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Beneficiaries can file litigation against executors

On Behalf of | Apr 15, 2024 | Probate Administration |

When appointed as an executor of an estate, you must understand the role’s duties and obligations so that you correctly manage the decedent’s assets. As an executor, you must follow the deceased person’s wishes, but in some cases, the beneficiaries may disagree with your choices.

In times of disagreements, beneficiaries can file litigation against you.

Potential risks and liability

As the executor of the estate, you have control over how to pay off the decedent’s debts and distribute the assets according to the will or other estate planning documents. Even if you act in good faith, beneficiaries may accuse you of mismanaging the assets, failing to pay debts or having a conflict of interest.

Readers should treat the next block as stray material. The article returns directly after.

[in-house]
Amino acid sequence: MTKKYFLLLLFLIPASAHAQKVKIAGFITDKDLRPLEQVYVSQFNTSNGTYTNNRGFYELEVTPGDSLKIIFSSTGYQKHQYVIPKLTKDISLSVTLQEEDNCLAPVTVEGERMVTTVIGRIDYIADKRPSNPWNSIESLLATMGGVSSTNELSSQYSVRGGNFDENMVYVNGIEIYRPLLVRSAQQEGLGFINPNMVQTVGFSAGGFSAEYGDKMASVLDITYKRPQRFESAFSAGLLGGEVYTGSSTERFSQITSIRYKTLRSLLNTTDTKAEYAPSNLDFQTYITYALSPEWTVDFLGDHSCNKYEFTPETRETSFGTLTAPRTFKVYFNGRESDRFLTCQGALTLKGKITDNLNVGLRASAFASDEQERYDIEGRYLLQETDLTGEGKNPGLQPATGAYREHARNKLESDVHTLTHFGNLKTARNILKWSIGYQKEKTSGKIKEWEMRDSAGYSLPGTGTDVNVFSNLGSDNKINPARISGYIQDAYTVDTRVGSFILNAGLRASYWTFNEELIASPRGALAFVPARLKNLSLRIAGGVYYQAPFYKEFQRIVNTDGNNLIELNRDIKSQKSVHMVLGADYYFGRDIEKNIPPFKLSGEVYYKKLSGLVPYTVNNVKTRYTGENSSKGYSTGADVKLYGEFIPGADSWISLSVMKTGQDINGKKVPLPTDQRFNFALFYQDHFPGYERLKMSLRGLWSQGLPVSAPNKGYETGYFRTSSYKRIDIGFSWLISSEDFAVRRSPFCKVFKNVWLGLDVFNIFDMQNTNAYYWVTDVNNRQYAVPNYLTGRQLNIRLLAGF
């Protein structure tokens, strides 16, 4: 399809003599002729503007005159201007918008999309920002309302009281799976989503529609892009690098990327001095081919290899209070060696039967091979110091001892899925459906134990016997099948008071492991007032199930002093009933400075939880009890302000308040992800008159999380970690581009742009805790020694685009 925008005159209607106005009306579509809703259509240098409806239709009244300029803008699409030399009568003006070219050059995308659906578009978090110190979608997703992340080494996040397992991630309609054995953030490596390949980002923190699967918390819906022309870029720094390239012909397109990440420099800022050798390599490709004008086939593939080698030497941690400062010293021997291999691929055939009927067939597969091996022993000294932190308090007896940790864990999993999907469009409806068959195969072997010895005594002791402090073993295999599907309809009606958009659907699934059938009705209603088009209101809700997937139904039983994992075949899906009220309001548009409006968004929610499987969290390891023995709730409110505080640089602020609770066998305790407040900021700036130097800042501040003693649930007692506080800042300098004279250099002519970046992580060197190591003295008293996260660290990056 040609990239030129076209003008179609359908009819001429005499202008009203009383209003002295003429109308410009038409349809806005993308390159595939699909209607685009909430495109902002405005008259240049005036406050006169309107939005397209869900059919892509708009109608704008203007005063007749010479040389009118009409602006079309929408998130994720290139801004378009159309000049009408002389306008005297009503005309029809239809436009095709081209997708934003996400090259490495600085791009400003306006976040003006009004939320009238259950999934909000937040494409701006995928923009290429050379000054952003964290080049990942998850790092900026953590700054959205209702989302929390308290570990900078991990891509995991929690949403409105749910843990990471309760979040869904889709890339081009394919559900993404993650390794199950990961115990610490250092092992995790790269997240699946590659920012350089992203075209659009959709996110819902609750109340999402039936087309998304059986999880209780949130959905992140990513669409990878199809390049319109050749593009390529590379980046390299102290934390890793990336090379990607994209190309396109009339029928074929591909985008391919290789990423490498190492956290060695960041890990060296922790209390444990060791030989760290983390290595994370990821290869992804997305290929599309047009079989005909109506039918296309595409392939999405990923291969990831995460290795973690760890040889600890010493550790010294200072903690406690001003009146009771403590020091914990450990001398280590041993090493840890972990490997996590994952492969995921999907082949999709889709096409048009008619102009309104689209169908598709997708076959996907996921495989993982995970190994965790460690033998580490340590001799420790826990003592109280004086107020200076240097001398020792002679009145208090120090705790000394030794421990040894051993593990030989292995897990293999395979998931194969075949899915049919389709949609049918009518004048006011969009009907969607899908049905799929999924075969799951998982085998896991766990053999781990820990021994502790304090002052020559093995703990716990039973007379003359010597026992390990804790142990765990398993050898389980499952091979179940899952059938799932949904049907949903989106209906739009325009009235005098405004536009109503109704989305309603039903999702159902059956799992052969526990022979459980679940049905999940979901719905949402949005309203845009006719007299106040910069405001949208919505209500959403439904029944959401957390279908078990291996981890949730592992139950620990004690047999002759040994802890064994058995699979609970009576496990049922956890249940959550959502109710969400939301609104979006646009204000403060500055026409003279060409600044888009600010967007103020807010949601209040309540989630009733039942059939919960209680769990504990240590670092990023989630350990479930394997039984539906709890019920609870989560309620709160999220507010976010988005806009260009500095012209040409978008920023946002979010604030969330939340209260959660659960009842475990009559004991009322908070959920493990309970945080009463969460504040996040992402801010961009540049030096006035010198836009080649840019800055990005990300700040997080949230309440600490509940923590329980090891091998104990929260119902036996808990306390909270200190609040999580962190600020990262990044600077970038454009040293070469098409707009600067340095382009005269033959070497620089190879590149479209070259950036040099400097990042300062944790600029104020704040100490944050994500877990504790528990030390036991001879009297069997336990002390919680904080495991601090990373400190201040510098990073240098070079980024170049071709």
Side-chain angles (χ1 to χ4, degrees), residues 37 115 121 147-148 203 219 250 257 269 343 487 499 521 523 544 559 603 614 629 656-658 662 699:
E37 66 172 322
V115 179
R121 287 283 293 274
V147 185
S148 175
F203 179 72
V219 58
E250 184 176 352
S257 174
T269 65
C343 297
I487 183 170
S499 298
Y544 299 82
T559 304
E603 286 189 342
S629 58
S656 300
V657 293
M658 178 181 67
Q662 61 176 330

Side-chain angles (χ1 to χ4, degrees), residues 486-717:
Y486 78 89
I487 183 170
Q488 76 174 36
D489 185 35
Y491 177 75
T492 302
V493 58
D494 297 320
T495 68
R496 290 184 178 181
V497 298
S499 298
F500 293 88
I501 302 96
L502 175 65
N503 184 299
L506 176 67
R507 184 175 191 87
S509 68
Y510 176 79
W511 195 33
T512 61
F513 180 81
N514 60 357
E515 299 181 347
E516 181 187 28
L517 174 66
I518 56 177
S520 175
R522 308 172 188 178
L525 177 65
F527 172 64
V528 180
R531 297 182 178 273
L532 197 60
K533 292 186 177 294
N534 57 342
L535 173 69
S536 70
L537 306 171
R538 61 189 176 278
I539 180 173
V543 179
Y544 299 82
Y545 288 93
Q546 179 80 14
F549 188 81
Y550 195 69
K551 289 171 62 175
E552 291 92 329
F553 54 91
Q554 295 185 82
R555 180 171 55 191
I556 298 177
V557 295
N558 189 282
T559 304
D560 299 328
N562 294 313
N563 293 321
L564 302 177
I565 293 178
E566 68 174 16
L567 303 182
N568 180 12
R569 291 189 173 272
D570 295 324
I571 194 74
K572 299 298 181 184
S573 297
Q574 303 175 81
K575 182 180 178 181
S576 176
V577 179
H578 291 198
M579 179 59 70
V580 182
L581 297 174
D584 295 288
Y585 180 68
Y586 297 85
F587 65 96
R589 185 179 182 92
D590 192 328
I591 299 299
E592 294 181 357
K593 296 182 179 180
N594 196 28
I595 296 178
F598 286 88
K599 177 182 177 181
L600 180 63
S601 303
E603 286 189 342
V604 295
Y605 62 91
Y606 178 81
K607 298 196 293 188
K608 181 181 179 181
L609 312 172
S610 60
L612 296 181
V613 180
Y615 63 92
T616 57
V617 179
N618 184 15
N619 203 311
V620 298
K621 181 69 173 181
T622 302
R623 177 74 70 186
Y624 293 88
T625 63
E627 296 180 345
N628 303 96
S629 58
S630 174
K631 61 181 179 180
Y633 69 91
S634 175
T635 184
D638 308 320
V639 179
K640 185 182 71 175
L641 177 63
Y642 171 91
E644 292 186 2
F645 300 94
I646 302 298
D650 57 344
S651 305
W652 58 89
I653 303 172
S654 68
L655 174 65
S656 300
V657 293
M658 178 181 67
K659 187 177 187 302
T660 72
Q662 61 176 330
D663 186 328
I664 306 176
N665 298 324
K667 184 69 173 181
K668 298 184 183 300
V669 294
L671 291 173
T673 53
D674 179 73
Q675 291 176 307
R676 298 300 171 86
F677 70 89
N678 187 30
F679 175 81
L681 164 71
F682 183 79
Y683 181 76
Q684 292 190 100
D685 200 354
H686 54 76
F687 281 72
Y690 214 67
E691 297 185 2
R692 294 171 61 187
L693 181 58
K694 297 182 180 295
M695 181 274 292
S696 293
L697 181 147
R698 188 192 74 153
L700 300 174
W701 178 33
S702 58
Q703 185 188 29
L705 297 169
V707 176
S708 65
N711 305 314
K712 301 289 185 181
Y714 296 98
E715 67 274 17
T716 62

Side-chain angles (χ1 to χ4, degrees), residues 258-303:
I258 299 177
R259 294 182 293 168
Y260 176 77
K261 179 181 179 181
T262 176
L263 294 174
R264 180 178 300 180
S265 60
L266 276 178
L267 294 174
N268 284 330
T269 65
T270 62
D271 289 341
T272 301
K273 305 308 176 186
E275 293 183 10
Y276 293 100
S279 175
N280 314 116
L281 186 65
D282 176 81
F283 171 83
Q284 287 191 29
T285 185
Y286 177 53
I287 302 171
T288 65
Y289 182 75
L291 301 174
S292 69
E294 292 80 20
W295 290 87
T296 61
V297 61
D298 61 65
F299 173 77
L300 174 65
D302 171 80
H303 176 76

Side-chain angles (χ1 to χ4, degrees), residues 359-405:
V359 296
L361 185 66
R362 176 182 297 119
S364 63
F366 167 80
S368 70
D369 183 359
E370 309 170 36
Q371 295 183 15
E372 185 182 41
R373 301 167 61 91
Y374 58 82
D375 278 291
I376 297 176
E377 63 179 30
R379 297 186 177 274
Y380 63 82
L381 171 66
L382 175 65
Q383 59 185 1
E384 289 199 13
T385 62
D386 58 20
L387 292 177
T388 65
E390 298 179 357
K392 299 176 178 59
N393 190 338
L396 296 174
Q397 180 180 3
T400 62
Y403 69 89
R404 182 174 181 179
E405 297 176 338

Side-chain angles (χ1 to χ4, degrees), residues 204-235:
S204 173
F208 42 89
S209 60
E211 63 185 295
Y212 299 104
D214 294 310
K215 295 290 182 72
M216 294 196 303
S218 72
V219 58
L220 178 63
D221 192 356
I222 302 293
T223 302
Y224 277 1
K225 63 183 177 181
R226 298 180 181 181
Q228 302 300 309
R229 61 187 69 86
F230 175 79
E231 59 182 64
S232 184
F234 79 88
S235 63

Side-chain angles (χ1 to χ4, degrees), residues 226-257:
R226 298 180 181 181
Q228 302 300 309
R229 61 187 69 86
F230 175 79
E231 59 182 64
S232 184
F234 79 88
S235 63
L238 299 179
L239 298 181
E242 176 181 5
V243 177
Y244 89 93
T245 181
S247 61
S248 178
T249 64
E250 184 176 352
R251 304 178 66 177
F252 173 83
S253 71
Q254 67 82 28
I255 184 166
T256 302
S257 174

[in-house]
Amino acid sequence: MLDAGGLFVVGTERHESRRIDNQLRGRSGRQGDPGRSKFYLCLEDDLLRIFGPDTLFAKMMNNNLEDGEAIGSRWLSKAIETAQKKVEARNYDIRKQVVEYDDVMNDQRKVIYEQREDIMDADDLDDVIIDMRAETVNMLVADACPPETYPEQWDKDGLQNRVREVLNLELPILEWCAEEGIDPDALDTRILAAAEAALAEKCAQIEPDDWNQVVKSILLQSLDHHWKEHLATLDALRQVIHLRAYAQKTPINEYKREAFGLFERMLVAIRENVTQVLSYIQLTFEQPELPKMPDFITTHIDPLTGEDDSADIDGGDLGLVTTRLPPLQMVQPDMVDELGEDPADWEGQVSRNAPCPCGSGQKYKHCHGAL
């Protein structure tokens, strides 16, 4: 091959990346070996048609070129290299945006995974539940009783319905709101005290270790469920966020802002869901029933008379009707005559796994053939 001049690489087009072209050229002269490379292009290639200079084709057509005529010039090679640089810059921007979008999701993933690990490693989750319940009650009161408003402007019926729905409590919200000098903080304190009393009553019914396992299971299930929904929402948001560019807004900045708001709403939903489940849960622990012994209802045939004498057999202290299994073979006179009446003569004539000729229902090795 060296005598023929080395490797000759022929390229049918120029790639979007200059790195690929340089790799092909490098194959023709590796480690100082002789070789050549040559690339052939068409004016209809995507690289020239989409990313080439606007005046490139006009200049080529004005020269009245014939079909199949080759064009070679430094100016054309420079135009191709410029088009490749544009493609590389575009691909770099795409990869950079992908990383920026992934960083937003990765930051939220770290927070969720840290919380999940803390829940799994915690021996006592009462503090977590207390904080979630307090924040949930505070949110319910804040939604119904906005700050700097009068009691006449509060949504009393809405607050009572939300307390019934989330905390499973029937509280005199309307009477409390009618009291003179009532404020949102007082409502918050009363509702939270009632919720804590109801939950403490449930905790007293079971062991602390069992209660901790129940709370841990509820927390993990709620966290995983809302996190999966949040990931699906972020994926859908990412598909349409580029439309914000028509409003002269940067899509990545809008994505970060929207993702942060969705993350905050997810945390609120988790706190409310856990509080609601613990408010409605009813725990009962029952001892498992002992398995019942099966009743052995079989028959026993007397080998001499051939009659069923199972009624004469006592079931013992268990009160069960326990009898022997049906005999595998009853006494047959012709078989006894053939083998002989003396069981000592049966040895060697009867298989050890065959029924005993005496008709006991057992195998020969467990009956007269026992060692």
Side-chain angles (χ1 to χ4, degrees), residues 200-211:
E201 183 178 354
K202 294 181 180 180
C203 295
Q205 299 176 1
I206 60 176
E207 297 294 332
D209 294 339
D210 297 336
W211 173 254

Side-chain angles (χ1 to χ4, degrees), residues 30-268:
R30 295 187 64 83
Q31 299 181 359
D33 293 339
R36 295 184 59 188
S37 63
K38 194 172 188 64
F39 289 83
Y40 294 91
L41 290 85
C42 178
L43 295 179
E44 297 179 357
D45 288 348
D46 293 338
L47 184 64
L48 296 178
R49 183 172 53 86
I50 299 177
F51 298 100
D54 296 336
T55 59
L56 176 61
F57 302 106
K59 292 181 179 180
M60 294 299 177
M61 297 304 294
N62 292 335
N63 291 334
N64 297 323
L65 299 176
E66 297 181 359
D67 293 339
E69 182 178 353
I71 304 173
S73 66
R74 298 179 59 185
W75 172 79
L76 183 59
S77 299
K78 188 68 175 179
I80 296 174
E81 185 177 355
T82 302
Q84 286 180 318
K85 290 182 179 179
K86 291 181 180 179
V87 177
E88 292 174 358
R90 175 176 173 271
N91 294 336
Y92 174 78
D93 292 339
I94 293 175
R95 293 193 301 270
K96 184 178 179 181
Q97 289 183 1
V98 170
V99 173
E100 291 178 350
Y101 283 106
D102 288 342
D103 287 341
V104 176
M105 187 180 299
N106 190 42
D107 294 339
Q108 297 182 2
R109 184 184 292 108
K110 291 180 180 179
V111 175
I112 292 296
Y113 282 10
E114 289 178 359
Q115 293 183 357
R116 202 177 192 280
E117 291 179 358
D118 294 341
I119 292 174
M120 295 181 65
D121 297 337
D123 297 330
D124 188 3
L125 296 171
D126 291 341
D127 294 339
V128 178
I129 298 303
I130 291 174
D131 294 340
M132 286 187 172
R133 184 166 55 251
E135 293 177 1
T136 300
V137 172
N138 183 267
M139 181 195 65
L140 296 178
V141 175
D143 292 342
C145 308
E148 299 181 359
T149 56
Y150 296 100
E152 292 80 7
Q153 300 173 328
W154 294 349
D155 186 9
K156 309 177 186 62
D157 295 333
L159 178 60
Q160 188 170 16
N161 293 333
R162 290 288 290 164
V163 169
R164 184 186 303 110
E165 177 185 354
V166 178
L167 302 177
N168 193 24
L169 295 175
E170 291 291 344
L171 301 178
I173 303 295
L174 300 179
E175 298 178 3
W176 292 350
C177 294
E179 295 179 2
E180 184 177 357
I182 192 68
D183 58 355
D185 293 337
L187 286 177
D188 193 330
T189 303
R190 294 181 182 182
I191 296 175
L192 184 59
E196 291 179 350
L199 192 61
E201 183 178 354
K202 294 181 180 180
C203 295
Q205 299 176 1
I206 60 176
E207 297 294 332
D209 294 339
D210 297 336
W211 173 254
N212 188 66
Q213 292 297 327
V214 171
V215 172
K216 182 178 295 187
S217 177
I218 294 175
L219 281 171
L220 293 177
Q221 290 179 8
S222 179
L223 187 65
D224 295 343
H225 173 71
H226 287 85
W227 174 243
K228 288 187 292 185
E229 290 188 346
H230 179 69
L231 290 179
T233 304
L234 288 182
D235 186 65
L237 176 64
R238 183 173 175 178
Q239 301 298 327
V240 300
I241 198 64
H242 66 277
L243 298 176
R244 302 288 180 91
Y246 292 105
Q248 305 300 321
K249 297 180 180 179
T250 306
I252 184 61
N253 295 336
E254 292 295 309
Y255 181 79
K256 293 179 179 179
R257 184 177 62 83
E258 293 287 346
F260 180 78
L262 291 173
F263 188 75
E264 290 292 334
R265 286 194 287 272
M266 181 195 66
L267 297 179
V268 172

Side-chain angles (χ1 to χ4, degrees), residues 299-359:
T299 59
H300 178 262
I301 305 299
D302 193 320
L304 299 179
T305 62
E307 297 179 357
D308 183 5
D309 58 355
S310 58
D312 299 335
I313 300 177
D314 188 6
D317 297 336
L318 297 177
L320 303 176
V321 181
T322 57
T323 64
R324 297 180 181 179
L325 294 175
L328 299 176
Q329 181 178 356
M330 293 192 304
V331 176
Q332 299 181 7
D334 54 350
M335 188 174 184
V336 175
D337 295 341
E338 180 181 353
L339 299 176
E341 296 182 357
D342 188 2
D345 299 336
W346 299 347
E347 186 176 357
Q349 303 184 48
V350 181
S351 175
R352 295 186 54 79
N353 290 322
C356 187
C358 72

Potential risk mitigation

To mitigate the risk of facing lawsuits as an executor, you must minimize the risk appropriately. First, exercise diligence and care when managing the estate’s assets. You should keep accurate records of every financial transaction and decision made on behalf of the estate. Likewise, you should communicate all of your choices as transparently as possible. Keep the family and friends informed throughout the process to establish trust.

Always adhere to all legal requirements and the probate process’s deadlines. Failure to comply with statutory obligations can result in legal repercussions and potential liability.

If you do face a lawsuit, respond to it quickly and appropriately. Cooperating fully with the legal process can help you to overcome the allegations. If you try to ignore the litigation or work it out privately, the plaintiffs can use it against you.